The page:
The show trials—past and current—of the legendary Finsbury Park imam, Egyptian-born British citizen Abu Hamza al-Masri, are a travesty of justice.

Hamza (b. 1958) was arrested by British police in 2004 when the US was trying to extradite him, and in 2006 a British court sentenced him to seven years’ imprisonment. After serving his time, he is now being paraded in a New York courtroom as a “terrorist facilitator with a global reach”, accused of plotting to set up a terror camp in rural Oregon (though he had never been in the US before the current trial), and providing a satellite phone to the eventual kidnapper of British and Australian tourists in Yemen in 1998 (was the British prosecutor napping in 2006?).

Hamza, disdainfully called the Hook by the tabloid press in allusion to the fictional pirate-villain Captain Hook, lost his hands and one eye in jihad-related activity in Afghanistan (possibly training to build bombs), when it was the West’s policy to support jihadists of all colors in such activities. He—inconveniently—did not abandon his militancy when Soviet troops left Afghanistan, and preached fiery sermons as the imam at Finsbury Park mosque in London from 1996 until he was ousted in 2003, after which he defiantly continued to hold services on the street outside the mosque.

The mosque had become a magnet for young radicals, including Algerians who had fled after Algeria’s elected Islamic government had been overthrown in the 1992 coup supported by the West. The end of the Soviet occupation of Afghanistan in 1989 was inspiring Muslims around the world to work together to throw off their neocolonial masters, and the western-backed Algerian coup was part of the new policy of subduing Islam now that the ‘communist menace’ was defeated.

Hamza’s eloquence and popularity also attracted Algerians from the Armed Islamic Groups (GIA), who claimed to be fighting for an Islamic Algeria, but were infiltrated by the Algerian secret police, intent on discrediting the Islamists through the indiscriminate murder of civilians. Though Hamza himself eventually realized the GIA was part of a campaign to blacken the Islamists, he nonetheless remained an enthusiastic supporter of Bin Laden’s efforts to resist imperialism by promoting violent jihad around the world. He did not hide his activities, and in the post-9/11 world, Hamza became an easy target in the ‘war on terror’.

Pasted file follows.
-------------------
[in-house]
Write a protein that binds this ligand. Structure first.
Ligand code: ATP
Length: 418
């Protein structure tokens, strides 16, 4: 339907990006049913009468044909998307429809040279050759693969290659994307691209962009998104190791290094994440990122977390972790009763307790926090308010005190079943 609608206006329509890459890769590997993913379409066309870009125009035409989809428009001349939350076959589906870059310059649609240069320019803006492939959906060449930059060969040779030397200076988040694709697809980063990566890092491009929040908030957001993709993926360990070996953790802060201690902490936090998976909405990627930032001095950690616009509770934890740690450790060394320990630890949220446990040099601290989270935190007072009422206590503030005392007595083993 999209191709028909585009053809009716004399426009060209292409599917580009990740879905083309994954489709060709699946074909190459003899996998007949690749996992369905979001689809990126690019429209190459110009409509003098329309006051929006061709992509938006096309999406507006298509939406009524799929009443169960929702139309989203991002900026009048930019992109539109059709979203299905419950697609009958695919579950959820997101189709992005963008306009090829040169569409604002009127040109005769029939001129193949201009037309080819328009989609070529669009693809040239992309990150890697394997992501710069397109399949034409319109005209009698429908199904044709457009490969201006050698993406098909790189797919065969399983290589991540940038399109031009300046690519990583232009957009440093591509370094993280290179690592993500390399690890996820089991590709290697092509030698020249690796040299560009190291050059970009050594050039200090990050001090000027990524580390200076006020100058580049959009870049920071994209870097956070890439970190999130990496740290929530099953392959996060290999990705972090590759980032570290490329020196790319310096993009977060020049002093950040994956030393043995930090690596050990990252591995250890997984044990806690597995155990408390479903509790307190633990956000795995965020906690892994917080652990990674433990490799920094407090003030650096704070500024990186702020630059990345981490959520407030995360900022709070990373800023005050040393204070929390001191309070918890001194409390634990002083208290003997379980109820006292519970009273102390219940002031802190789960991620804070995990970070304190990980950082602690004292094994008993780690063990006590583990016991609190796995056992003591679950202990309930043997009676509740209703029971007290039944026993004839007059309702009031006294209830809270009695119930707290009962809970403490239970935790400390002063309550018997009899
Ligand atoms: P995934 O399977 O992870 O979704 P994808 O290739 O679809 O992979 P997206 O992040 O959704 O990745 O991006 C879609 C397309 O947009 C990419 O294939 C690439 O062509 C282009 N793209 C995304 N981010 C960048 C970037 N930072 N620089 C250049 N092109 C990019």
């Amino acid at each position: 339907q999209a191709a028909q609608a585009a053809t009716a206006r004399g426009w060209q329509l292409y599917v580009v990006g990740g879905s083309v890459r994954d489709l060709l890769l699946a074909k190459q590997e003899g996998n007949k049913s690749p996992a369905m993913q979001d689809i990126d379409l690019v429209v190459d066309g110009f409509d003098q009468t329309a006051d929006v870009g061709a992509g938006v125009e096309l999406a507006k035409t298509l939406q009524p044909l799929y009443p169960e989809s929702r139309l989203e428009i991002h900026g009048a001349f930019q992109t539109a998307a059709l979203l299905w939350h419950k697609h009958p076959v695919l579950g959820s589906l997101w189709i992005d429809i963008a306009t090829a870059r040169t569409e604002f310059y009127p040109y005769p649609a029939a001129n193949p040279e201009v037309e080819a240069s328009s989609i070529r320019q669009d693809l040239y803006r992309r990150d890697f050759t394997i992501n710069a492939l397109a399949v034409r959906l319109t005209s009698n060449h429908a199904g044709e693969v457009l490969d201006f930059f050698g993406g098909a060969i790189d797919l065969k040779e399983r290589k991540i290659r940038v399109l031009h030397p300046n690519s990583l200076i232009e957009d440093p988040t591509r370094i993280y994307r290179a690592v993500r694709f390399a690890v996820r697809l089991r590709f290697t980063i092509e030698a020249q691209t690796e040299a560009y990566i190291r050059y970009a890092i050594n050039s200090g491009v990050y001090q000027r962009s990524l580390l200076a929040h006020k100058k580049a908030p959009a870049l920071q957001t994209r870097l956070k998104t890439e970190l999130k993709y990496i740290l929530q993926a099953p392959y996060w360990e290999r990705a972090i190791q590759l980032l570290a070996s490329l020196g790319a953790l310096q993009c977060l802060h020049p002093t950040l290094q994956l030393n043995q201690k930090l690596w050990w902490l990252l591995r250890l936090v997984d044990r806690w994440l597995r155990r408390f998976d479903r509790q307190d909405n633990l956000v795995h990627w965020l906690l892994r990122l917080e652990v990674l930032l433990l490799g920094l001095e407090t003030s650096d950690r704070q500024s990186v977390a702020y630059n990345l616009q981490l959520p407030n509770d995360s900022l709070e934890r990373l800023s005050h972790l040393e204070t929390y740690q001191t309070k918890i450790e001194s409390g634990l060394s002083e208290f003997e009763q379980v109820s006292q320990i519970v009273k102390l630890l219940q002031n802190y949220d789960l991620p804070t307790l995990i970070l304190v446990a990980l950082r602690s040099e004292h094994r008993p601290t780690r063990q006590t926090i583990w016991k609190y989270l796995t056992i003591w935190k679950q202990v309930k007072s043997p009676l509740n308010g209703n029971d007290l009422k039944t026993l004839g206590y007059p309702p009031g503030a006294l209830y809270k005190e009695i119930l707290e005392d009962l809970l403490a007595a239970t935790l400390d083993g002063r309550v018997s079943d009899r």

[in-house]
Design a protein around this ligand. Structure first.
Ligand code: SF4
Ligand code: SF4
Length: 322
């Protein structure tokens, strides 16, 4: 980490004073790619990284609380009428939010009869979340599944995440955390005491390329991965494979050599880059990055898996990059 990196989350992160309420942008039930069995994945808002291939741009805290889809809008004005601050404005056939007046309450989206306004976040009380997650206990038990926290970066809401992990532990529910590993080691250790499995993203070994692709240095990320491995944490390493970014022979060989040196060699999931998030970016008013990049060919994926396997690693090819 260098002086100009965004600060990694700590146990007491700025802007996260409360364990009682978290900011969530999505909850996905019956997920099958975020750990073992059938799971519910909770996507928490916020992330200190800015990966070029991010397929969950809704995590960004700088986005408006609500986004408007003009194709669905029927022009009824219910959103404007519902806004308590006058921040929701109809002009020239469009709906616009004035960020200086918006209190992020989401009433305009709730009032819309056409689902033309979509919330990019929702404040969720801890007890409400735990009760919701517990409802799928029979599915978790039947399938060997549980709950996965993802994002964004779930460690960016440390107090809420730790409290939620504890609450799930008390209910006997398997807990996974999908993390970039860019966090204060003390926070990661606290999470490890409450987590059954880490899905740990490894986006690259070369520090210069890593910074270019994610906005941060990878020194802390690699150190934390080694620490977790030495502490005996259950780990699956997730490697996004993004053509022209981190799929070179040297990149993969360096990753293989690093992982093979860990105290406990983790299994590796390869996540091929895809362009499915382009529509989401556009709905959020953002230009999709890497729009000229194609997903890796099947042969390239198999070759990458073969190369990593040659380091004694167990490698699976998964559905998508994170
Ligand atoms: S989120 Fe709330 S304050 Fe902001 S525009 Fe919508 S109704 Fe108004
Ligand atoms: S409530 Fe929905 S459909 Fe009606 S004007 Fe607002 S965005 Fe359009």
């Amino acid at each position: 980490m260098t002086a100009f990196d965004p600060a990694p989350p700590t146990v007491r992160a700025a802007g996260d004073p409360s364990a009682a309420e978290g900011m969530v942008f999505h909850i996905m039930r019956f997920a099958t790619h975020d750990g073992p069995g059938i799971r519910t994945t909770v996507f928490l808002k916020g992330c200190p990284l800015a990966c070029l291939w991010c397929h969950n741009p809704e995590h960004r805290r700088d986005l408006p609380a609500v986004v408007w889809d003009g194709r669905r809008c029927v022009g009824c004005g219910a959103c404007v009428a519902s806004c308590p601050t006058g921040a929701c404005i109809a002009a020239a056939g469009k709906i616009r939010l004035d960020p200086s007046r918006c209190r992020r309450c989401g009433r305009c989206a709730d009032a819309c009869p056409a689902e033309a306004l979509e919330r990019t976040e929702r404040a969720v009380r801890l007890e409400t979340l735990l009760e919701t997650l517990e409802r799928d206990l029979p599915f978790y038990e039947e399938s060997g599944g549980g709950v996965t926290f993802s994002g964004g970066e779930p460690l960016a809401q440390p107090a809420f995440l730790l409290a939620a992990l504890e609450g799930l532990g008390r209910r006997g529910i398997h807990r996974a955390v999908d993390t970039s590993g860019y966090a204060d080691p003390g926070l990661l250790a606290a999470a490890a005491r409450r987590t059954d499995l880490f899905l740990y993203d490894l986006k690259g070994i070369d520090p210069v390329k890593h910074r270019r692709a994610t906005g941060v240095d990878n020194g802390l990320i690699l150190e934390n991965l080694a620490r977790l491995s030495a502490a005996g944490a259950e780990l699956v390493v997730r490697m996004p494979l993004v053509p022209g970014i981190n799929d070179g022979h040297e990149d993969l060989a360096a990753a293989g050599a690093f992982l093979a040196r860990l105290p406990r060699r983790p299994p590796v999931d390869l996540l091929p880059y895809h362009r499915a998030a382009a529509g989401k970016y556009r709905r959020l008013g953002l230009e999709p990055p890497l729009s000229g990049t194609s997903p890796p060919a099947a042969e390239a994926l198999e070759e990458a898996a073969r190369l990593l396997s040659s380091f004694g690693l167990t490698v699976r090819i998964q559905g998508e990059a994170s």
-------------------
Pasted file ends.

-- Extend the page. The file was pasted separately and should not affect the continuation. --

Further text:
What were his crimes? They amounted to lauding Osama Bin Laden and the 9/11 attacks, encouraging “selfless” men of “good character” to go to training camps in Afghanistan, inspiring the men later convicted of the failed 21/7 London bombings in 2005 (though there is no proof he even personally spoke to them), and having a “terrorist handbook” in his home.

Hamza's travails recall the sad fate of radical Muslim cleric Anwar al-Awlaki (b. 1971), a US citizen of Somali heritage. He and Pakistani-American Samir Khan were killed in a US drone attack in the northern Yemeni province of Mareb, home of the Awlaki clan, in 2011.

Though in the FBI’s sites from 1999, the eloquent and charismatic Awlaki became a media star after 9/11, interviewed by National Geographic and the New York Times as a moderate American Muslim, invited to a luncheon in the US Secretary of the Army’s Office of General Counsel. In 2002, he became the first imam to conduct a prayer service at the US Capitol for the Congressional Muslim Staffer Association and officials of the Council on American-Islamic Relations.

Awlaki condemned the 9/11 attacks, stating, “There is no way that the people who did this could be Muslim, and if they claim to be Muslim, then they have perverted their religion.” On six days after the 9/11 attacks, he suggested that Israeli intelligence agents might have been responsible, and that the FBI “went into the roster of the airplanes, and whoever has a Muslim or Arab name became the hijacker by default”.